Unfortunately, it's impossible to shake the idea that "In Time" is just an excuse for Hollywood to make a film in which no one over the age of 30 need be cast.

The film contains nongraphic action violence, including gunplay, a suicide, a glimpse of rear female nudity, several nonmarital sexual situations, at least one instance each of profanity and rough language, several crude terms and some innuendo. The Catholic News Service classification is A-III—adults. The Motion Picture Association of America rating is PG-13—parents strongly cautioned. Some material may be inappropriate for children under 13.

*****
John P. McCarthy is a guest reviewer for Catholic News Service.



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Gregory the Great: Coming events cast their shadows before: Gregory was the prefect of Rome before he was 30. After five years in office he resigned, founded six monasteries on his Sicilian estate and became a Benedictine monk in his own home at Rome.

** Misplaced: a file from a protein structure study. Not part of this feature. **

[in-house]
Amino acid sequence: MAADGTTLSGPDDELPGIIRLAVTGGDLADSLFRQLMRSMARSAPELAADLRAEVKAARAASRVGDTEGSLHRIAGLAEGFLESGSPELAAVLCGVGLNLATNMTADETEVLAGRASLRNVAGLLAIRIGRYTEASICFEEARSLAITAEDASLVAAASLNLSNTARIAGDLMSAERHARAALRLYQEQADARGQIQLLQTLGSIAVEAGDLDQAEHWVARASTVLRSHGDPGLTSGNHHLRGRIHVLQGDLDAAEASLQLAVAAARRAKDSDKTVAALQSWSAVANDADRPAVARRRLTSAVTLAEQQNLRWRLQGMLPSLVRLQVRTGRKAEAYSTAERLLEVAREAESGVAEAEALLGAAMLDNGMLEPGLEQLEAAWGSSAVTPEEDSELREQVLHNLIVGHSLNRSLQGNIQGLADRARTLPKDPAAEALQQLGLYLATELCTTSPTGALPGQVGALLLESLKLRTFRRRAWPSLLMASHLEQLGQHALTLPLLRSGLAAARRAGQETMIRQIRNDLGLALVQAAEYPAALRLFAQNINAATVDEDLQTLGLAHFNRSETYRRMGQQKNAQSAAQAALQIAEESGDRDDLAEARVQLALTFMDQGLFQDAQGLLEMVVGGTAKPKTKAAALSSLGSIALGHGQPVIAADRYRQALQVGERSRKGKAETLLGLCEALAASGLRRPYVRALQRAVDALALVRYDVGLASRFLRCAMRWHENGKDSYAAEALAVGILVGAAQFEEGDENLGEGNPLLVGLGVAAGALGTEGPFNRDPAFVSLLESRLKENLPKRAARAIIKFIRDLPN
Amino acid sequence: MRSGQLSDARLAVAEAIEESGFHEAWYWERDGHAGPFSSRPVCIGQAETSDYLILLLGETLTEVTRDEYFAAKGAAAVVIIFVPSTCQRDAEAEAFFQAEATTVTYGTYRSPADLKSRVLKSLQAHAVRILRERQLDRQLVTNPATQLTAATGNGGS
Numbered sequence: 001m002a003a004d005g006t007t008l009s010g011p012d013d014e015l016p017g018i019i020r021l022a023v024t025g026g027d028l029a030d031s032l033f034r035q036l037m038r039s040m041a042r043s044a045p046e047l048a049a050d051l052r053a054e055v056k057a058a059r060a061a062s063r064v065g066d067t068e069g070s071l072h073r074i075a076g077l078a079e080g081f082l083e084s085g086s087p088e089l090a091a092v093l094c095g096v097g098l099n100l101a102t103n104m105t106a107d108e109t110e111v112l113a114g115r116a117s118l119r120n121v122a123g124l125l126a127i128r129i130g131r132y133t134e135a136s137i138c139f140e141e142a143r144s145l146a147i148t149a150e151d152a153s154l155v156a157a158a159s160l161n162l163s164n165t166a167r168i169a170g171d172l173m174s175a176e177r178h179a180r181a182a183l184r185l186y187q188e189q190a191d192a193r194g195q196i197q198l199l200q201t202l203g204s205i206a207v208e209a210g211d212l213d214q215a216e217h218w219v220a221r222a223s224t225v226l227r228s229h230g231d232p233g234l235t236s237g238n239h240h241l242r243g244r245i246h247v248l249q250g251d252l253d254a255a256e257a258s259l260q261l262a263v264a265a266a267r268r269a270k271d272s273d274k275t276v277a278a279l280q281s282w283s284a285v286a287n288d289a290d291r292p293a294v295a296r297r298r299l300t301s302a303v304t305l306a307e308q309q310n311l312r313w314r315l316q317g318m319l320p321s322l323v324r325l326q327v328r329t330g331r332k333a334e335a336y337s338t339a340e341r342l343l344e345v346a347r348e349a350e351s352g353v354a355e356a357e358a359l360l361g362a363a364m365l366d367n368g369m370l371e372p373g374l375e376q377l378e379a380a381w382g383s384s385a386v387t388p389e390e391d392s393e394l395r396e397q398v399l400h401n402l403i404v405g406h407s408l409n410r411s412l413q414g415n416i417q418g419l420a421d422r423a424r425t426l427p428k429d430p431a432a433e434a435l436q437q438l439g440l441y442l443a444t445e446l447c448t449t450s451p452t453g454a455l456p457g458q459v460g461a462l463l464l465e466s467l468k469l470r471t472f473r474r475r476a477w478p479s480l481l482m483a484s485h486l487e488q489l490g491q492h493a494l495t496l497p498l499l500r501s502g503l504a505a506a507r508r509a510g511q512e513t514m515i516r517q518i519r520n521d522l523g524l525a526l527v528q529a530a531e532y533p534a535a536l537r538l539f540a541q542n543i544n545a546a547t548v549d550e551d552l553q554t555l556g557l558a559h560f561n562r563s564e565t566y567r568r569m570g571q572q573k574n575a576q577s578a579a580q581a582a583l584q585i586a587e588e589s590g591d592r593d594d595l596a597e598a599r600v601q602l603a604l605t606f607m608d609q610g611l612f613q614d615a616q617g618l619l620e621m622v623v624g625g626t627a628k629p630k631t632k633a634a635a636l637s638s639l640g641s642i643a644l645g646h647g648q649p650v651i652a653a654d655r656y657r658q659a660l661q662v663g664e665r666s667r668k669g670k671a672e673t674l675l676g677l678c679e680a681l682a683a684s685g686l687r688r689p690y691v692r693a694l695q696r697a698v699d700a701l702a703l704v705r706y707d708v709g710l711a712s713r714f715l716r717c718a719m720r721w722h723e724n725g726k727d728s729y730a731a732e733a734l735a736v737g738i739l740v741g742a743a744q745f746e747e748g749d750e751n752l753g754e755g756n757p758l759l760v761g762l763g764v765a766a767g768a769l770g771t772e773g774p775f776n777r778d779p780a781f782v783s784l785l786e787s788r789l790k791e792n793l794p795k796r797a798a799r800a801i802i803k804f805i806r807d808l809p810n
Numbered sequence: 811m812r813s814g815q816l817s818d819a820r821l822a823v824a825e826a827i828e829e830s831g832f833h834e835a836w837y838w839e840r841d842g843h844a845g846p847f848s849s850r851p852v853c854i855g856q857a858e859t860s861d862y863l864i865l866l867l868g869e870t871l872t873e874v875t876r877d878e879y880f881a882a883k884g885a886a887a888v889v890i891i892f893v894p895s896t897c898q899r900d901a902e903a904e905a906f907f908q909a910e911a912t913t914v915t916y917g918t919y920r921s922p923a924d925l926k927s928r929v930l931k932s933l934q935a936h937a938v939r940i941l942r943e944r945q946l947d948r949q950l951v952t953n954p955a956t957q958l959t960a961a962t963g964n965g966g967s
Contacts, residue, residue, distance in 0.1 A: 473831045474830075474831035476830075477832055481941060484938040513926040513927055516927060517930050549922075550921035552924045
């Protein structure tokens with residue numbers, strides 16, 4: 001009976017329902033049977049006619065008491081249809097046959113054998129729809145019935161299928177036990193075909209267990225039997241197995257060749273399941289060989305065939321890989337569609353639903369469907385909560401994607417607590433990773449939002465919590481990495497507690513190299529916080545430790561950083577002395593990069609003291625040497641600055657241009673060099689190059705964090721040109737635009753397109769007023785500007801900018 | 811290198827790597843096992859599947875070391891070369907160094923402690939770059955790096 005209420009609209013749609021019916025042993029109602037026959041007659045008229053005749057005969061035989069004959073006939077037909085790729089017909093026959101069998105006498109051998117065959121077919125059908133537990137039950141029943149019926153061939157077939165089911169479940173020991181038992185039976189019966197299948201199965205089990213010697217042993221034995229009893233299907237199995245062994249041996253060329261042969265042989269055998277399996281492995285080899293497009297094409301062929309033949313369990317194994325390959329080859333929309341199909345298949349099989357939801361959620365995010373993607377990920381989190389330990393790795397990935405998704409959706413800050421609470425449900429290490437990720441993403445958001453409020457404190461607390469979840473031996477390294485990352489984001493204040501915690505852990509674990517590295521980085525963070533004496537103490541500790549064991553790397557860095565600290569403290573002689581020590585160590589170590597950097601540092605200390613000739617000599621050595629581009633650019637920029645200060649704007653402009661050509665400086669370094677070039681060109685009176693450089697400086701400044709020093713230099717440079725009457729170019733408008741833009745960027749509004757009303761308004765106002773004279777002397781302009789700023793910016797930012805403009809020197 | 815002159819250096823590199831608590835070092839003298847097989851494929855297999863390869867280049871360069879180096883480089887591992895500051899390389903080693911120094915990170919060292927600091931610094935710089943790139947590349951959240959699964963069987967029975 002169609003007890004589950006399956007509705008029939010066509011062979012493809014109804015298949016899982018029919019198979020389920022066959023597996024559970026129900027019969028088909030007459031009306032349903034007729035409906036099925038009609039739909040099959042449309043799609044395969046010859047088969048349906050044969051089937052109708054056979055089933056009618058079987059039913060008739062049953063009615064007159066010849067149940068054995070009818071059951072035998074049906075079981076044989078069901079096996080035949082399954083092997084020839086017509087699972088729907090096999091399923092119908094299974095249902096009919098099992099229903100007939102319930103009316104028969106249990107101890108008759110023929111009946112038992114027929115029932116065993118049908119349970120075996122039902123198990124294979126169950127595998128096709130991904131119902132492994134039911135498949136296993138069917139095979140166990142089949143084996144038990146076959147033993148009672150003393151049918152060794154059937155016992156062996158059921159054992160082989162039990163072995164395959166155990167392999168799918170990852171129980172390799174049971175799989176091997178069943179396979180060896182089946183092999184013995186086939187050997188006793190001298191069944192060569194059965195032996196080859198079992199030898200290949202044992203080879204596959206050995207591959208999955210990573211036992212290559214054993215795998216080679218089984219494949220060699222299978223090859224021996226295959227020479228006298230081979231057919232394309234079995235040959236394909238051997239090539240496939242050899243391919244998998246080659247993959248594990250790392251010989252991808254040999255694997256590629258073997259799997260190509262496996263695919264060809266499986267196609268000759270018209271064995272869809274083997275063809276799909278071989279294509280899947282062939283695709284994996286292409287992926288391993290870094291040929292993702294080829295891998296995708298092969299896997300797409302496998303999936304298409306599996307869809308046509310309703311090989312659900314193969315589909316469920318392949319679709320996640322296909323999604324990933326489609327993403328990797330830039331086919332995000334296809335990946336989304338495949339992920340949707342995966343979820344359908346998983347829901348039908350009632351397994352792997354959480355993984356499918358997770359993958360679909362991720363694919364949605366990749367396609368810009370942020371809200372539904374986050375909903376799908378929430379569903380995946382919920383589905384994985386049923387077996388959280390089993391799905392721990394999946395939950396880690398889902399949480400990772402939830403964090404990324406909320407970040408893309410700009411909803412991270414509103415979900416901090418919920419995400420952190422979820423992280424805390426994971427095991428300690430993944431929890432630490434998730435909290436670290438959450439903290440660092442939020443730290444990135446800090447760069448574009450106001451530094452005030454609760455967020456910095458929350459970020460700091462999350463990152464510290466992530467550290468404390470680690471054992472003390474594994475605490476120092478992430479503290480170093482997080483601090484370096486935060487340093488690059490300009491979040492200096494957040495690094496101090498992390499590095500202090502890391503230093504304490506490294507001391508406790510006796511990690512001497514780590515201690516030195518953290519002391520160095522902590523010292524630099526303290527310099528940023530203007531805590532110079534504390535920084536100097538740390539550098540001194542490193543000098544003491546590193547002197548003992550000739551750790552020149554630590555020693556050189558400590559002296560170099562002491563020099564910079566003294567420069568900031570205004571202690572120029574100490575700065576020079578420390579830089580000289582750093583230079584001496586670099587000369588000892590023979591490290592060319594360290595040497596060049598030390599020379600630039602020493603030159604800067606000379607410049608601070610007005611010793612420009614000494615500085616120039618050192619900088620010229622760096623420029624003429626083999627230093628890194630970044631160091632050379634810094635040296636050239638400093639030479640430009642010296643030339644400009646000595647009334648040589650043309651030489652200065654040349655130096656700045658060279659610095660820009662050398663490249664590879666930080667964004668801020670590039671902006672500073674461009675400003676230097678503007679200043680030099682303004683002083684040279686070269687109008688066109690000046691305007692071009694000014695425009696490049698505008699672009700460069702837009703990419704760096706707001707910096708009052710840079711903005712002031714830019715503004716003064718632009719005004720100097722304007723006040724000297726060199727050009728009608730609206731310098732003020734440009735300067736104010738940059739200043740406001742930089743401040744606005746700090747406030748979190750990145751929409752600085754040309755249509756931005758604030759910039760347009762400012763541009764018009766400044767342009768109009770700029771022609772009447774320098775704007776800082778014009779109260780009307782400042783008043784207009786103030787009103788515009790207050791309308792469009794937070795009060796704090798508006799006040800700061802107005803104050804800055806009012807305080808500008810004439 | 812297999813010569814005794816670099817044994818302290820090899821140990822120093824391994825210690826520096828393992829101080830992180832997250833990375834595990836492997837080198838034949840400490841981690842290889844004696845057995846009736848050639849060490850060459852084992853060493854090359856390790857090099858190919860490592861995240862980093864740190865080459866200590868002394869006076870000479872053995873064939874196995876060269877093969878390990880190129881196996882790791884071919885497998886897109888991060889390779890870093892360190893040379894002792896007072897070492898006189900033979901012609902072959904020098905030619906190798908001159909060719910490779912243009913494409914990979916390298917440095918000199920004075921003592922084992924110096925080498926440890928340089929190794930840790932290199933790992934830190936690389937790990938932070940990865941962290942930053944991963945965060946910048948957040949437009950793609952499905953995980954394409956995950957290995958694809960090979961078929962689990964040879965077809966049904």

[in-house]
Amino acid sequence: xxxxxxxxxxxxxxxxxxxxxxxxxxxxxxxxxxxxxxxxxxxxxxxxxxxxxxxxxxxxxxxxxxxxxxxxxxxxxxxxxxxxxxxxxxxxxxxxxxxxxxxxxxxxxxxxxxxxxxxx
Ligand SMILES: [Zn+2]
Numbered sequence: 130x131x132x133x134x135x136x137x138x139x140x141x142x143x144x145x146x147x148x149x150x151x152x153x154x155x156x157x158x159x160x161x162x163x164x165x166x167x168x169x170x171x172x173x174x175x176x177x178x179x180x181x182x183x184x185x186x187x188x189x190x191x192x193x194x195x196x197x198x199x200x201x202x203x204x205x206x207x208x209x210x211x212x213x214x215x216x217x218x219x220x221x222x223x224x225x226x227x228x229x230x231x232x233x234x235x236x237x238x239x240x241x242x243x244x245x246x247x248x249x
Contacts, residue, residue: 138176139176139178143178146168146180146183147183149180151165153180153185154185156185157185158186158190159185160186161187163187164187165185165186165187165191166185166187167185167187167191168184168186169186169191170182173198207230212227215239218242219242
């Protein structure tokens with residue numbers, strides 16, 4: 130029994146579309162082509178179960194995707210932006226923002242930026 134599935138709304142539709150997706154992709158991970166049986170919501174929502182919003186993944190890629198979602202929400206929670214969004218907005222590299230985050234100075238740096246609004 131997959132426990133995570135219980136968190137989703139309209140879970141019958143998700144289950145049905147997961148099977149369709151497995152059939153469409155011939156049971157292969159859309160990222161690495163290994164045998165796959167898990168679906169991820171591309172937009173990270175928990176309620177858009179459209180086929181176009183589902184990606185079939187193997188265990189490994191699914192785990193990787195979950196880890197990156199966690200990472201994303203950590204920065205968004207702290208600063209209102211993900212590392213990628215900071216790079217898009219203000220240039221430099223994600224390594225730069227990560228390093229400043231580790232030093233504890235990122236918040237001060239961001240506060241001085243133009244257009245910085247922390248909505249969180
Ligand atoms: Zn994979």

<p>Ordained a priest, he became one of the pope's seven deacons, and also served six years in the East as papal representative in Constantinople. He was recalled to become abbot, and at the age of 50 was elected pope by the clergy and people of Rome. </p><p>He was direct and firm. He removed unworthy priests from office, forbade taking money for many services, emptied the papal treasury to ransom prisoners of the Lombards and to care for persecuted Jews and the victims of plague and famine. He was very concerned about the conversion of England, sending 40 monks from his own monastery. He is known for his reform of the liturgy, for strengthening respect for doctrine. Whether he was largely responsible for the revision of "Gregorian" chant is disputed. </p><p>Gregory lived in a time of perpetual strife with invading Lombards and difficult relations with the East. When Rome itself was under attack, he interviewed the Lombard king. </p><p>An Anglican historian has written: "It is impossible to conceive what would have been the confusion, the lawlessness, the chaotic state of the Middle Ages without the medieval papacy; and of the medieval papacy, the real father is Gregory the Great." </p><p>His book, <i>Pastoral Care</i>, on the duties and qualities of a bishop, was read for centuries after his death. He described bishops mainly as physicians whose main duties were preaching and the enforcement of discipline. In his own down-to-earth preaching, Gregory was skilled at applying the daily gospel to the needs of his listeners. Called "the Great," Gregory has been given a place with Augustine (August 28), Ambrose (December 7) and Jerome (September 30)as one of the four key doctors of the Western Church.</p> American Catholic Blog The pierced, open side of Christ on the cross, which makes visible the Sacred Heart of the Son of God, remains “the way in” to knowledge of Jesus Christ.